The author’s grandfather, Solomon/Zalman (later, Bernard), is at top right.
I have been researching my family history for some years now. Usually, over the winter break, when life slows down to a dull roar and I can spend time at the computer. I pore over JewishGen for hours, entering names of people and places into search engines. The same searches over and over, hoping that databases will have been updated; that something in my mind will click; that I will finally reach the right person; that the right person will still be alive – that someone will be able to tell me what happened to the women in that photo. The photo from Vienna. The photo of the family that could have been. That should have been. These four brothers and two sisters. The brothers who escaped. The women who did not, and perished. Where? How? The women whose stories have never been told. Or maybe they were told to someone in the United States, Argentina, Scotland or Mexico – but not to me.
In recent months, I have started to ask new questions. These new questions are concerned, as ever, with the people in the photo. But they are also about my own motivation. Why do I feel compelled to keep searching? Why do some people live by the adage that it’s all water under the bridge, while others steadfastly paddle upstream? Would it not be easier to drift with the currents of time, away from our family’s past and just meander, uncomplaining, toward the future?
People used to tell me that true self-knowledge only comes to us when we have children of our own and are challenged daily, hourly, to face ourselves. We find out if we have truly stuck to the resolutions of childhood. You know, the resolution that we’d do things differently, be more engaged, more sensitive, empathic, less busy, more patient – that we’d truly remember what it was like to be a child.
Sure enough, since my first searches brought me in touch with my many cousins, I have had children of my own. I watch our older child leaving behind his early childhood, becoming more and more aware of our small family unit. I hear his wistful questions during each year’s big festivals and explain that our family is scattered across the world. I set up Skype for him to speak to relatives on other continents. His curiosity, persistence and intellect are bound to lead to more searching questions, questions about who we are and where we came from. And since he is already attached to his Jewish roots in our household of mixed traditions, I know that I’ll need to get my story straight soon enough. I know this because it is already beginning. Perhaps this is why I search, I wonder? So I can look him in the eye and know that I don’t have to fudge it?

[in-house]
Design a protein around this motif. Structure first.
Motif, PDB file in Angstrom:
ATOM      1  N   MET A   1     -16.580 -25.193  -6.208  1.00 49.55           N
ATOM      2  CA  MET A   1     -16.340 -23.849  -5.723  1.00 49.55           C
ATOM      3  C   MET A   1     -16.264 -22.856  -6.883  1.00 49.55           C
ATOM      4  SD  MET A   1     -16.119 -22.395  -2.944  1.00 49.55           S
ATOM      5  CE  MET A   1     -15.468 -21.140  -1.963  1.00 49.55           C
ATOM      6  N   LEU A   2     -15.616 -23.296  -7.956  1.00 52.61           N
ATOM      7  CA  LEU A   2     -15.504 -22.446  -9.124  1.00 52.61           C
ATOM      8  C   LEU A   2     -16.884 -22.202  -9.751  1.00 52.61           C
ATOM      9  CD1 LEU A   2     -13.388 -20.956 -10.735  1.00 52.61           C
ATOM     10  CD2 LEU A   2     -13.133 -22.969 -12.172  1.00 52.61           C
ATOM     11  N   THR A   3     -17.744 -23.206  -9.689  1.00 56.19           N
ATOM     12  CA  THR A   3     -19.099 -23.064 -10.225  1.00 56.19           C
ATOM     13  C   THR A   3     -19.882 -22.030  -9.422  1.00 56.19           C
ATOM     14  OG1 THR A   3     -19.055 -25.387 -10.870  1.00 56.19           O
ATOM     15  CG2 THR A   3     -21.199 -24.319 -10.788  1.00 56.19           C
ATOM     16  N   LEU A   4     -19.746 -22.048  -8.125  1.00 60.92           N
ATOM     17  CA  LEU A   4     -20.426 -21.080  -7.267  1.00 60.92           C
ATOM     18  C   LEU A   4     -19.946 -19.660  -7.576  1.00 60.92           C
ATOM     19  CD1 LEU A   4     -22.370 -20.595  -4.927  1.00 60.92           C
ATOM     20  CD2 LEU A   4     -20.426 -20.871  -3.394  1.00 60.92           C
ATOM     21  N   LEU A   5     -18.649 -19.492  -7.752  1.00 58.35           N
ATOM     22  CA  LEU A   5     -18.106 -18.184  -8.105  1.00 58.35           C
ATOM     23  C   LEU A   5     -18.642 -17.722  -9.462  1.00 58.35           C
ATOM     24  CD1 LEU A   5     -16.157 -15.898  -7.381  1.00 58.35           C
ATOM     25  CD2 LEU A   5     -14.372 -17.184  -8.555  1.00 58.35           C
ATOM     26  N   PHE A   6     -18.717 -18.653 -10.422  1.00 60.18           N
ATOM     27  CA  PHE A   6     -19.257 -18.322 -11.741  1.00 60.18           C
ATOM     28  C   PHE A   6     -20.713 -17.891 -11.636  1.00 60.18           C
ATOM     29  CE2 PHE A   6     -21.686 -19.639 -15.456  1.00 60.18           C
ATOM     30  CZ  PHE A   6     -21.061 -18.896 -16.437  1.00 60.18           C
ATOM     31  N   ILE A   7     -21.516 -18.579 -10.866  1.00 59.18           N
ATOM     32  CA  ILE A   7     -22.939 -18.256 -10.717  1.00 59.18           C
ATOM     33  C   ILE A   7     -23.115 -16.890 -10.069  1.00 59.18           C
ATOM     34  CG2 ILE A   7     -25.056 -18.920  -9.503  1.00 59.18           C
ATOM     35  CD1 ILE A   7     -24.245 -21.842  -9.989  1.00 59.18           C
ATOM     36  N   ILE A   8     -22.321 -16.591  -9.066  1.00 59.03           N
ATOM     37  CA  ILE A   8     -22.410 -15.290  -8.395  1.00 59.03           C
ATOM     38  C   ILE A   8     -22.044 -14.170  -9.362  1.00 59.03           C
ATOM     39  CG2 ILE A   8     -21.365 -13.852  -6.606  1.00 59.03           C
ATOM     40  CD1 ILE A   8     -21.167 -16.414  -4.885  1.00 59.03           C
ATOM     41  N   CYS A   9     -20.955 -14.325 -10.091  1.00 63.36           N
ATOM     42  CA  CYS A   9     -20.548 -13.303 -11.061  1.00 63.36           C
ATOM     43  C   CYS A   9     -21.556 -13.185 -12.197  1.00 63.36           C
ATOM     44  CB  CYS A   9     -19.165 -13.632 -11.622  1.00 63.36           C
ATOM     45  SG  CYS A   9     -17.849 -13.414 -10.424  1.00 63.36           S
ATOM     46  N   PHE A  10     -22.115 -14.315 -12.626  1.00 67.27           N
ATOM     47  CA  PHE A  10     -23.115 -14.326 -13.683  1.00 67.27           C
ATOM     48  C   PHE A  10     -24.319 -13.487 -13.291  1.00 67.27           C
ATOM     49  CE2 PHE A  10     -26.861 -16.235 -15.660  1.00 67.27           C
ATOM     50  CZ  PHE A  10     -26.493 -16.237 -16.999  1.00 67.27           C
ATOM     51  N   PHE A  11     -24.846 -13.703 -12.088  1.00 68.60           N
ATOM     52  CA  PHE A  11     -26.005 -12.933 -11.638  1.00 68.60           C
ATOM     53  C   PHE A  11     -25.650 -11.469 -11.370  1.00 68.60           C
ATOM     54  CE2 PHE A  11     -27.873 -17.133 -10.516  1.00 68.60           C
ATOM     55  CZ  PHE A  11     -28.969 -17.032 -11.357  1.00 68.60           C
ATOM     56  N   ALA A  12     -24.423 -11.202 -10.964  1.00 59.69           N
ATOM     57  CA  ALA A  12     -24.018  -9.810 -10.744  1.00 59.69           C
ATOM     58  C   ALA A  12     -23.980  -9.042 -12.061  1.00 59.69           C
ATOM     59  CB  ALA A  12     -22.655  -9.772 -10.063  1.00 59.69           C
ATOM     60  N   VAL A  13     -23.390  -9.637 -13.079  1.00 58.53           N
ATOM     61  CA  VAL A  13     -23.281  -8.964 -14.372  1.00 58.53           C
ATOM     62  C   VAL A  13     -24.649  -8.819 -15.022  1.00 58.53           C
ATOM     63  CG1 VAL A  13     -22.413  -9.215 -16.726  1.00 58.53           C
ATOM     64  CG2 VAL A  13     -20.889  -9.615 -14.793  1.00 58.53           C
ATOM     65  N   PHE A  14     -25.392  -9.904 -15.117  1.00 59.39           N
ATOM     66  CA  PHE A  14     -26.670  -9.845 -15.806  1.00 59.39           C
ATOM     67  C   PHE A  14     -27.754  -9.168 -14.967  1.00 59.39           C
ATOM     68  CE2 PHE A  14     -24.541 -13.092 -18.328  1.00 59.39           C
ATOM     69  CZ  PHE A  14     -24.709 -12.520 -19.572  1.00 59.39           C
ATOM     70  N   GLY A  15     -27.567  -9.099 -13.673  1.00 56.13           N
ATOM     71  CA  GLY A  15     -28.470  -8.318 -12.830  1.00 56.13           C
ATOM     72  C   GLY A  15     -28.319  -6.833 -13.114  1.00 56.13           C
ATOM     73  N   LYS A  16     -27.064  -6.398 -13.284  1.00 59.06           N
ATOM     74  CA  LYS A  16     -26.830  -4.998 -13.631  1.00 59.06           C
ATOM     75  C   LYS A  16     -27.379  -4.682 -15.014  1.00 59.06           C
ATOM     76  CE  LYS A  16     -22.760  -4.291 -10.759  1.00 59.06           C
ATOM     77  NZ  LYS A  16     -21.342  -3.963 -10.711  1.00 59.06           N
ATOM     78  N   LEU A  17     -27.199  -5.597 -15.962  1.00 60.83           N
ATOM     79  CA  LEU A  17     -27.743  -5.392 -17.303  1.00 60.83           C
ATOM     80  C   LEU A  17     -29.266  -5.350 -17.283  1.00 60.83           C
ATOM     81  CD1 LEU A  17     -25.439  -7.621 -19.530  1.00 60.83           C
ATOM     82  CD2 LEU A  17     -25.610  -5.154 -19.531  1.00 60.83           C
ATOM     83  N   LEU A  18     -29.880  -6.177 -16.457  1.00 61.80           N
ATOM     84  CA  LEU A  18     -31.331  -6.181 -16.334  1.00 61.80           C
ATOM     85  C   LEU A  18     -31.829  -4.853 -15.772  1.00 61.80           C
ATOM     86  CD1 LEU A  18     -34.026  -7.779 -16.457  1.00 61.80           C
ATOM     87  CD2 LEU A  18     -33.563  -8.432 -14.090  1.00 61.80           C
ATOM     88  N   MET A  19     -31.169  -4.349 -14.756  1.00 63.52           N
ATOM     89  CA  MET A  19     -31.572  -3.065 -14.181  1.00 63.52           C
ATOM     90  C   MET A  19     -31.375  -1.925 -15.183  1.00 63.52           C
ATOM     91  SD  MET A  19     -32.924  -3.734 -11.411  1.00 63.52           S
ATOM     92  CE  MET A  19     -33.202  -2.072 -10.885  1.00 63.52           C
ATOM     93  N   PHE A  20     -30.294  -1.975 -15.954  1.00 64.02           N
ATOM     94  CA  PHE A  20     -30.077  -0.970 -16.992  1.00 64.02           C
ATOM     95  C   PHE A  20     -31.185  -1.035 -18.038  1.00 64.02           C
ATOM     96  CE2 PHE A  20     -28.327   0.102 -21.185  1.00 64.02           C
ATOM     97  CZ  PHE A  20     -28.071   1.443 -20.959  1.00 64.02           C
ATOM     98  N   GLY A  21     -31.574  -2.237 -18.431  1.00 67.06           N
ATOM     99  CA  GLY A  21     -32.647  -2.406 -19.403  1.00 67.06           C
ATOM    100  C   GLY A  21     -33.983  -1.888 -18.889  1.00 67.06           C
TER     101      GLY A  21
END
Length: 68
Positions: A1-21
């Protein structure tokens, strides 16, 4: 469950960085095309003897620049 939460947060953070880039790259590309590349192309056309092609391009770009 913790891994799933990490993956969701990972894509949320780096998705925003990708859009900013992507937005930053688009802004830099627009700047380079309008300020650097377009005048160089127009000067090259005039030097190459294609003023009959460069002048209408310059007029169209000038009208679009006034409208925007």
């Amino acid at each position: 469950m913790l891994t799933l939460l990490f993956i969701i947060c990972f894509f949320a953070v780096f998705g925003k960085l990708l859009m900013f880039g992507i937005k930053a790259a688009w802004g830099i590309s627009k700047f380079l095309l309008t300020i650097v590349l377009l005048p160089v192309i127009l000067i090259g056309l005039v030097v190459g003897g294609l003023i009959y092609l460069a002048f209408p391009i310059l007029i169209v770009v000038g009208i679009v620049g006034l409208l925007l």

But then I realize that my motivation comes from a more complex place than one where i’s are dotted and t’s are crossed. It’s not just about information; it’s about education.
There is certainly no education quite like motherhood. Children are such dogged teachers. Their curriculum may seem haphazard at times, their lesson planning a little sketchy, but when I take a step back – a really big step back – I find that what they are teaching me has as much to do with my ancestors as the two little chaps asking me to help them finish a puzzle, reassemble a broken toy or read a particularly difficult word.
Researching one’s family history is a gesture as deeply spiritually maternal as the act of raising one’s own children. Yes, there is a visceral desire shared by all humans to know where we come from and who we are, but there is an added layer of compassion, of love, of nurturing that comes when the people we love are gone.
Researching one’s family history is a gesture as deeply spiritually maternal as the act of raising one’s own children. Yes, there is a visceral desire shared by all humans to know where we come from and who we are, but there is an added layer of compassion, of love, of nurturing that comes when the people we love are gone. And not only are they gone, they left us too soon and in a manner so horrific that time and again, the adjective I hear from survivors’ children and grandchildren is “secretive.” So often, people simply don’t want to talk. They don’t want to share their stories because that would mean choosing to relive the horror, to tell tales that are replayed in dreams over and over again. The ones that wake them up at night and destroy the possibility of sleep for hours to come.
Those of us who grew up in the safety of this part of the world, we who are too young to have been witnesses to these crimes against humanity, we are aware of our good fortune. We know how lucky we are to have grown up in peacetime and, yet, we can feel somehow diminished by our lack of suffering. At the same time, and as we become parents ourselves, we dream of extending our parental love back through time to embrace and soothe the wounds inflicted on our forebears. We recall those who died in infancy or childhood. Having expanded our capacity for love, our fluency in that subtle language, we want to communicate absolute safety to that vulnerable child, the terrified adult unable to keep her children safe. We are challenged by the desire to reach out to our tormented and murdered ancestors, adults and children alike, to lift them out far beyond the atrocities and into the warmth of our own homes, our present, a safe and comfortable existence that they never knew.
And yet, unable to do so, we do what we can. We learn their names and we express our empathy and our sorrow by inscribing them and their stories in Word documents late at night while our children sleep, so that tomorrow, when they wake up, their parents can let them know, as they do every single day, that they are loved, that their world is safe and that, as small as it is, the human heart embraces the whole wide world.
Shula Klinger is an author-illustrator in North Vancouver, B.C. Her young adult novel, The Kingdom of Strange, was published in 2008 by Marshall Cavendish.